People are often as interested in us as we are in them. People are also bored and telling us their stories breaks up the monotony of the day,” Lewis says.

It’s a swift stripping away of romanticising the other. It’s what’s allowed Lewis to, over the series, stand at a communal bathroom and photograph the ordinariness of matutinal life for the 34 people sharing a single Hillbrow flat getting ready for the day in Bedroom. In Zola he photographs Izilda Nzopene preparing sandwiches for her taxi driver customers. She works by the shaft of sunlight penetrating the graffiti-painted basement that is her office.

Tony Martins in his home full of weird and wonderful treasures and stories. Image courtesy of Mark Lewis

The images render the ordinary in extraordinary artistry, and Lewis’s impact is being able to locate his subjects — people, personality, buildings, landscapes — in a way that’s instantly recognisable and familiar, but not obvious or overstated.

We often didn’t know what direction we would take with the people we met or in what would come after the first two books that we had planned, but we had no expectation and no assumptions and we started all our interviews asking what people wanted to know about us,” says Zack.

The central characters have sometimes been a single person, or a group of people like the taxi drivers in Zola and even a building as in Tea at Ansteys. But Zack’s research rigour has meant that the books are not just transcribed fieldwork notes. The writing deeply expands on the unexpected new ways urban space is used, economy in its formal and informal intersections, competition for resources, the rise of niche industries, the burden of surviving as a woman, long personal histories and heritage in a city of transience, and how reinvention and trade-off is both adaptation and desperation.

The balance of academic research, slow journalism, personal reflection, visual impact and the inclusion of a full translation of the English text into the language of one of the protagonists is what makes the Wake Up, This is Joburg series stand out. Translations have been made into Zulu, Gujarati, French, South Sotho and Portuguese.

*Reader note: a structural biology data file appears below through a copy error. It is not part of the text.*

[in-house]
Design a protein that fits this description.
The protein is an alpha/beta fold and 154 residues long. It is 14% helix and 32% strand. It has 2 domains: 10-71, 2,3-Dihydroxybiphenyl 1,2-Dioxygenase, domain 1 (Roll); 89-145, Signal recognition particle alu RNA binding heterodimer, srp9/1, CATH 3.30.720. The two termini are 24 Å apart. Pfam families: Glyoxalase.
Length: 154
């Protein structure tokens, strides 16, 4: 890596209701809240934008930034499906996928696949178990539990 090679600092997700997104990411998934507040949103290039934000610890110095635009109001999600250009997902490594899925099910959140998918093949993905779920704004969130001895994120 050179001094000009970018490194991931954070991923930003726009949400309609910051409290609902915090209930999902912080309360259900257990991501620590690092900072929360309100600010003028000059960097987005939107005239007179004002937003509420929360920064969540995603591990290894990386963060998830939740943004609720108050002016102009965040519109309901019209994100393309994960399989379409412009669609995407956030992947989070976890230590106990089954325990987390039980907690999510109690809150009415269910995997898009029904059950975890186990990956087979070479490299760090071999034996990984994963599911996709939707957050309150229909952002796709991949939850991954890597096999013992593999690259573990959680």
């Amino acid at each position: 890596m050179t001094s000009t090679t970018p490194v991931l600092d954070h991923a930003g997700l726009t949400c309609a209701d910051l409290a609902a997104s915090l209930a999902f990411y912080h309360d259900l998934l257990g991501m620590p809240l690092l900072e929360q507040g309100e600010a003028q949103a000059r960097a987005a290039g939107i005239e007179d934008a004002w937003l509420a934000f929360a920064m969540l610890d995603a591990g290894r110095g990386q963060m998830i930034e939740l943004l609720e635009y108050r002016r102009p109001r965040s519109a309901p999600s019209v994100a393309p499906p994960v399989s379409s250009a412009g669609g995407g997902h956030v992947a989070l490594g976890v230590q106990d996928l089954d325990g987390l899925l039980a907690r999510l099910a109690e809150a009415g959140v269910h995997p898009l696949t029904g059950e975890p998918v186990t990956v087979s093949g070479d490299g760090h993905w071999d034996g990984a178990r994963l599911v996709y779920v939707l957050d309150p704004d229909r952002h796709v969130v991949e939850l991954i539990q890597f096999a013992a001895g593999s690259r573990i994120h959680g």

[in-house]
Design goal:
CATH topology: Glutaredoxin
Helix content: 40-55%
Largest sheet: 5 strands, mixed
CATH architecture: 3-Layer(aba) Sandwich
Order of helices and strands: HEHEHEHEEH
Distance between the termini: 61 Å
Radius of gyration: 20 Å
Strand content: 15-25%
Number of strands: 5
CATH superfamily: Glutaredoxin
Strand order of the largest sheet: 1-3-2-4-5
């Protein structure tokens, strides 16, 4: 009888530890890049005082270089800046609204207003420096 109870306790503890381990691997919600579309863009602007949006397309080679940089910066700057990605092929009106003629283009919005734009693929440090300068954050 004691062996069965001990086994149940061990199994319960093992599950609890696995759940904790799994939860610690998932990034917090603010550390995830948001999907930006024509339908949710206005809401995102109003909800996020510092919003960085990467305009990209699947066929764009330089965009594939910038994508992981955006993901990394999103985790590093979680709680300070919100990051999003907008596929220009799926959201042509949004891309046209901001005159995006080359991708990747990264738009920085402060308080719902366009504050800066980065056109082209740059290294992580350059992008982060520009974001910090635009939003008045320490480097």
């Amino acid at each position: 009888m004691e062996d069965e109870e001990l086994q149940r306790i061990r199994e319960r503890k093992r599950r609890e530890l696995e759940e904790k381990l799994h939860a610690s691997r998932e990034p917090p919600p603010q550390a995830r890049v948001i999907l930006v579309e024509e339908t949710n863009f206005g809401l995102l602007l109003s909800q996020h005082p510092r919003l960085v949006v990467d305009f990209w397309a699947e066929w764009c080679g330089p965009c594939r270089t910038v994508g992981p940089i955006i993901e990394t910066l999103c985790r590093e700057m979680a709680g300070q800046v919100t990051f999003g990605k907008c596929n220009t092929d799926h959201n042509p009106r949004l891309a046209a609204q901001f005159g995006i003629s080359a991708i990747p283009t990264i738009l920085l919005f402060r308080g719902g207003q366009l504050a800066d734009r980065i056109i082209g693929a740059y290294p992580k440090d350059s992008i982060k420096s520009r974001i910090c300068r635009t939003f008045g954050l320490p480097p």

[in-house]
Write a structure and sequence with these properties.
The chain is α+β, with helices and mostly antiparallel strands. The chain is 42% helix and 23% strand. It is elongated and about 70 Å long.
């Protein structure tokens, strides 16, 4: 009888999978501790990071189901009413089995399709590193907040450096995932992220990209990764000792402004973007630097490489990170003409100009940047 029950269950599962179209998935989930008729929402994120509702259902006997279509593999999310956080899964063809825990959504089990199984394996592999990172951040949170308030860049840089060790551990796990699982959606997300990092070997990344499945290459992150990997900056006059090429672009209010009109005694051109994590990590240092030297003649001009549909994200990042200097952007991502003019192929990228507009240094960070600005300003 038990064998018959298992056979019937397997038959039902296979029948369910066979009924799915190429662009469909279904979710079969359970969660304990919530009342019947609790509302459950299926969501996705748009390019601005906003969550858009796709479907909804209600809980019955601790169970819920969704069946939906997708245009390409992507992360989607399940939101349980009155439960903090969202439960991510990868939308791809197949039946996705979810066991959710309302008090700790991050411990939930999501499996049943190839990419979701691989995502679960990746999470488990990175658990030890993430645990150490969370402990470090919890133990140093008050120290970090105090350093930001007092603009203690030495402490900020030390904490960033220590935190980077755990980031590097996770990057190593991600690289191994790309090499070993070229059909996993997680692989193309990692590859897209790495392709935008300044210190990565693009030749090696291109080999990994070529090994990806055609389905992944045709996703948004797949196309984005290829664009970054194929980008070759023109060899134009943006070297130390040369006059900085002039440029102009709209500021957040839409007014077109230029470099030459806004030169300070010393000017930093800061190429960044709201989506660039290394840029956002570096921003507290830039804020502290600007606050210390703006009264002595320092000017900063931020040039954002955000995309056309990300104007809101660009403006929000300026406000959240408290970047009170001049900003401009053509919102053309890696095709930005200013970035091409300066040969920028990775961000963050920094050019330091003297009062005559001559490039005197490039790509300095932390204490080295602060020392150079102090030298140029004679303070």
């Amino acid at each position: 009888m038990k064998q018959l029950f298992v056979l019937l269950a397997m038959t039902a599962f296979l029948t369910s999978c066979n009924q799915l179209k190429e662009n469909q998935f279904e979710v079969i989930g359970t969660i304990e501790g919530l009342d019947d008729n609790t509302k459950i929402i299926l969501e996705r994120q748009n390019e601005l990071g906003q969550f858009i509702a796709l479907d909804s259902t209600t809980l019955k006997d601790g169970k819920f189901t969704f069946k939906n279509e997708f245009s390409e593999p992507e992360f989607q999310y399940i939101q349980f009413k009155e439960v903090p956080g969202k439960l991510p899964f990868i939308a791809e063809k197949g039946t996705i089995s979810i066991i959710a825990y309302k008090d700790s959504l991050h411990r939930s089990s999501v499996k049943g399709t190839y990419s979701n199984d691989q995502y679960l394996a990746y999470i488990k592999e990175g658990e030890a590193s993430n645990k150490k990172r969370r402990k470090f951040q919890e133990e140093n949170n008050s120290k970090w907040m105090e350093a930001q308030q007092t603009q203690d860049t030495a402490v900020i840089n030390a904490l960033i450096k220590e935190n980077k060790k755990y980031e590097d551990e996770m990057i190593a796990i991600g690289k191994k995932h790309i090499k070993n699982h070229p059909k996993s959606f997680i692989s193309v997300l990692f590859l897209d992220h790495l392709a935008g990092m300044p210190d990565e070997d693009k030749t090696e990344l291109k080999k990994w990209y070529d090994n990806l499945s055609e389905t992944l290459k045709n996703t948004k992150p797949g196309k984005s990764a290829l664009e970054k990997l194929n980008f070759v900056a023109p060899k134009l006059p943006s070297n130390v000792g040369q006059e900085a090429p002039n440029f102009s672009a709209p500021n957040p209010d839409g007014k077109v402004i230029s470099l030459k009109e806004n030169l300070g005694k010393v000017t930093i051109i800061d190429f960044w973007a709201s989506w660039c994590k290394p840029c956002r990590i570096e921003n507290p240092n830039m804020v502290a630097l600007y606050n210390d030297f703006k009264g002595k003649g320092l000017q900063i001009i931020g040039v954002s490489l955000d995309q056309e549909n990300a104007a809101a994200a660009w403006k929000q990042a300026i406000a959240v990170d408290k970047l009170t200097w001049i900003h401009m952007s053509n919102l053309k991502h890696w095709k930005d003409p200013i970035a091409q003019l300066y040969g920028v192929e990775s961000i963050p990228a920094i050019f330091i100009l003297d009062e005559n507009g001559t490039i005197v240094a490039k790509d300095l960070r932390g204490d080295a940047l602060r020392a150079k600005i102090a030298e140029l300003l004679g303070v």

A waste picker in Rosettenville competes with scavenging birds for something that worth recycling for a few rands. Image courtesy of Mark Lewis

The translations were about making the book accessible and inclusive and what it means for an English language speaker to not understand the words in front of them,” says Zack.

Wake Up, This is Joburg was undertaken as a project with a tiny budget and only 300 copies of each book have been published. Zack says the books have developed something of a cult following because she believes people want to love Joburg even with the parts that are harsh, ugly and unforgiving. The books are now used as academic resource, have fans calling for reprints and funding for a box set, and are treasures for those who want the deep dive into Joburg.

Professor Phil Harrison, the South African Research Chair in Development Planning and Modelling at the University of the Witwatersrand, who spoke at the launch of Undercity, says that series puts faces to statistics and convenient labels.

A condemned building doubles up as informal butchery where a cow’s head can be chopped up for R10. Image courtesy of Mark Lewis

It also looks for the humanised stories in the city’s voids — the gold underfoot and the obscured ecosystems that pulse as parallel universe.

Tanya and Mark have changed our methodology and also the nature of our inquiry for research, writing and publishing,” says Harrison.

For Zack and Lewis it’s been a four-year journey of re-awakening. Both expect to continue with related projects with Joburg as their muse, because this city has forced open their eyes and has made blinking for too long not an option. DM